Is Fantasy a growth industry?
by Sara BENDRIF & Adeline HUQUE
The last few years have seen works of fantasy topping the box-office and best-seller lists alike.
Since 1997 when J.K. Rowling published her first Harry Potter novel, Pottermania has been spreading worldwide. Block-buster films and carefully monitored merchandising have ensured that the Potter pandemic thrives. Many people have benefited from this boom. According to The Sunday Times, Ms Rowling is now wealthier than Her Majesty the Queen. Warner Brothers, who have the exclusive film rights, have more than prospered as the last film they released grossed $284.4 million at the US box office. Mattel who bought the rights to market Harry Potter toys has been doing equally well, while the city of Oxford is most grateful to the wizard boy whose fans come and visit its dreaming spires in droves.
In the wake of Harry Potter, other fantasy epics such as The Lord of the Rings and Narnia were taken from the book-shelves to the screen. Both books had been literary classics for a long time before Hollywood producers showed interest: J.R.R. Tolkien's trilogy was written in 1954 and 1955, while C.S. Lewis wrote the seven volumes of what would later be called The Chronicles of Narnia from 1950 to 1956.
The Lord of the Rings films became box-office hits almost before the first episode, The Fellowship of the Ring came out in 2001. It made more than 2 billion euros and earned director Peter Jackson a string of prizes. It is estimated that the trilogy pumped about US$200 million into the New Zealand economy, boosting the tourist trade for many years to come. The Lord of the Rings has now been turned into a musical. The production opened at the beginning of February in Toronto, with big investors hopeful it is going to become yet another success. Air Canada, for example, contributed as much as C$3 million.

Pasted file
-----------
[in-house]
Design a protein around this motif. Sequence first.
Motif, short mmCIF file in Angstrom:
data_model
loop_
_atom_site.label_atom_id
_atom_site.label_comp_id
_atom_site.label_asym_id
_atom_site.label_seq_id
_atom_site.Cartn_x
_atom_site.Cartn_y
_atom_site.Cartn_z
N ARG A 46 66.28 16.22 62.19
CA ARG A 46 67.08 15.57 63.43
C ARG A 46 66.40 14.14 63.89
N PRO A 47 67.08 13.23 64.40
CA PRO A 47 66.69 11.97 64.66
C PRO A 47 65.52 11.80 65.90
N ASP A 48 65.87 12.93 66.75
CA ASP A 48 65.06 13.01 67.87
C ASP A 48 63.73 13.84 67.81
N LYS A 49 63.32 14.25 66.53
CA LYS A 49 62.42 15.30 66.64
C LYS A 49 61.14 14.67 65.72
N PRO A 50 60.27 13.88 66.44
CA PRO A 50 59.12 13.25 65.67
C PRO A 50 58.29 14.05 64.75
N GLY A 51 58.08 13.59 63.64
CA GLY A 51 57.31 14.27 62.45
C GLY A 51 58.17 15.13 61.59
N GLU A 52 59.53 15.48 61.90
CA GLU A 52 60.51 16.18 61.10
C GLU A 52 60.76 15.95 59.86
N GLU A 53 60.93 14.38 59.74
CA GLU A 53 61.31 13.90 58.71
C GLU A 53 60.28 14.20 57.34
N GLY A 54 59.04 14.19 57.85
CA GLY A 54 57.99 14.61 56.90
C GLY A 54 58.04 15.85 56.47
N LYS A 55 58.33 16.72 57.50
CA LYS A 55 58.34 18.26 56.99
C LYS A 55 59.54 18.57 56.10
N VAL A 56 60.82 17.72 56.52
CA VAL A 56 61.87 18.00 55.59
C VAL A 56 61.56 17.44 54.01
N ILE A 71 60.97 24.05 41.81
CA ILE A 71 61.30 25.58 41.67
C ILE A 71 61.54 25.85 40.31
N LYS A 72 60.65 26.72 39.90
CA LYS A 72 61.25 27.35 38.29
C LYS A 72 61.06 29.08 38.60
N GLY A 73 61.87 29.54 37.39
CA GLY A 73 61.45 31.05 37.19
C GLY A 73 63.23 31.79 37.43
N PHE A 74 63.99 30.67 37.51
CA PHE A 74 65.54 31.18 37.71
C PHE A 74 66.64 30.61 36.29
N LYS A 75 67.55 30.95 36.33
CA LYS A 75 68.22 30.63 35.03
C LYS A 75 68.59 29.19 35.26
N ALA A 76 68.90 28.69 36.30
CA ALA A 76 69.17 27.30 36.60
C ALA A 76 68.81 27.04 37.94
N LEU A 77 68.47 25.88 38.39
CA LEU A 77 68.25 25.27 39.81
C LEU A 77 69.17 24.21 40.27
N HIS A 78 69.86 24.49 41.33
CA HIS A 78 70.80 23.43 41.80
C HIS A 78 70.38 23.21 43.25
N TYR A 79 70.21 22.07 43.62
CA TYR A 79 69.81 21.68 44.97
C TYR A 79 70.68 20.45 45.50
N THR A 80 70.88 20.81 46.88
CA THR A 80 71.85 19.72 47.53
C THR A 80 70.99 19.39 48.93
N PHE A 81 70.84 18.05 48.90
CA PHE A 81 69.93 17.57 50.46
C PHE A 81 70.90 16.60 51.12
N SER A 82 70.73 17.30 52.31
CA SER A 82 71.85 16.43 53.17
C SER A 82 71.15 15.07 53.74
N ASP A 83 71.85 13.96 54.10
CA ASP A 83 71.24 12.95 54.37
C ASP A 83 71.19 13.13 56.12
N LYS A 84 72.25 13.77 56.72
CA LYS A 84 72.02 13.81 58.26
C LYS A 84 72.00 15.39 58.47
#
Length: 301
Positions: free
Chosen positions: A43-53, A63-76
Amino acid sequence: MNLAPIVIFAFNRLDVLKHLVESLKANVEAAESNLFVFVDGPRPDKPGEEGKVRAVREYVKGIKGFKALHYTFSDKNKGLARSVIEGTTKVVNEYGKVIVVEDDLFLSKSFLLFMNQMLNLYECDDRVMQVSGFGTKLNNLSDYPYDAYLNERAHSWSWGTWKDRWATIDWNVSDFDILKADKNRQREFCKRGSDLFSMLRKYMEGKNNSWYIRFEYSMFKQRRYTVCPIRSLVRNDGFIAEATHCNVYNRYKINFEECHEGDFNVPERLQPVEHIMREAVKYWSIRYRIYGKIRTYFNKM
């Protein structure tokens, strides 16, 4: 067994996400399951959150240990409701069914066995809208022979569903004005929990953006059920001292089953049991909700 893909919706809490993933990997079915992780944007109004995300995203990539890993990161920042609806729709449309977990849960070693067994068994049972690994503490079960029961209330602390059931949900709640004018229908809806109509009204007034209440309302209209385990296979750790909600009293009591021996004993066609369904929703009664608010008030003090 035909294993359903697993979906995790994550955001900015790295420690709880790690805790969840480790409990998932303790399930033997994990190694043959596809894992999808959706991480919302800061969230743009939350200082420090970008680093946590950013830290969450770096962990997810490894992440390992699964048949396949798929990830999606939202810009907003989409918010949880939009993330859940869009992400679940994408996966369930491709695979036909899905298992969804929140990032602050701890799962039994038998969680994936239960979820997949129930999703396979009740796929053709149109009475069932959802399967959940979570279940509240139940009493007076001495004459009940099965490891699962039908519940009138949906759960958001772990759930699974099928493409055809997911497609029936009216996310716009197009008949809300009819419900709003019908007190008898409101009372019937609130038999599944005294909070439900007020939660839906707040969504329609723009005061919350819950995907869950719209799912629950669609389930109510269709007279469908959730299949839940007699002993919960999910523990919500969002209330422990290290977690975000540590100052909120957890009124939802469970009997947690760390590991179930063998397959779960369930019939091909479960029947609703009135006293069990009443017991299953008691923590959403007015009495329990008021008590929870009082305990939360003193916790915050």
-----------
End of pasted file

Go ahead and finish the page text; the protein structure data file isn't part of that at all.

With 85 million copies sold and translations in 29 languages, The Chronicles are the second best selling fantasy books in the world after...Harry Potter. But it took a while before they were turned into a film. At the time special effects were not state of the art yet and there was no computer-imaging program that was powerful enough. Disney eventually took up the challenge and the first of the seven part epic The Lion, the Witch and the Wardrobe came out last Christmas. It was also shot in New Zealand. This is a good opportunity for Disney to try and catch up with Warner Bros. Next December, Disney will present the second episode of Narnia, before the fifth Harry Potter movie which is due to come out in June 2007.
Other studios are vying for their share in the fantasy market. Century Fox is now entering the battlefield with Eragon, the first volume of The Inheritance Trilogy by Christopher Paolini, being billed as the ultimate blockbuster for next Christmas.
Sources: "New Frontiers, Current Cinema," The New Yorker 5 December 2005; "Parsons sees Time Warner exceed forecasts," The Times 26 February 2006; "Lord of Rings is now a musical," The Sunday Times 26 February 2006; "Harry Potter and the all-too-rare windfall," The Economist 18 July 2005; "Harry Potter and the synergy test," The Economist 18 November 2005; "Harry Potter and the merchandising gold," The Economist 19 June 2003; "Praise the Lord," The Economist 4 December 2004; "The big book index," The Economist 5 January 2006; International Movie date base : http:/www.imdb.com/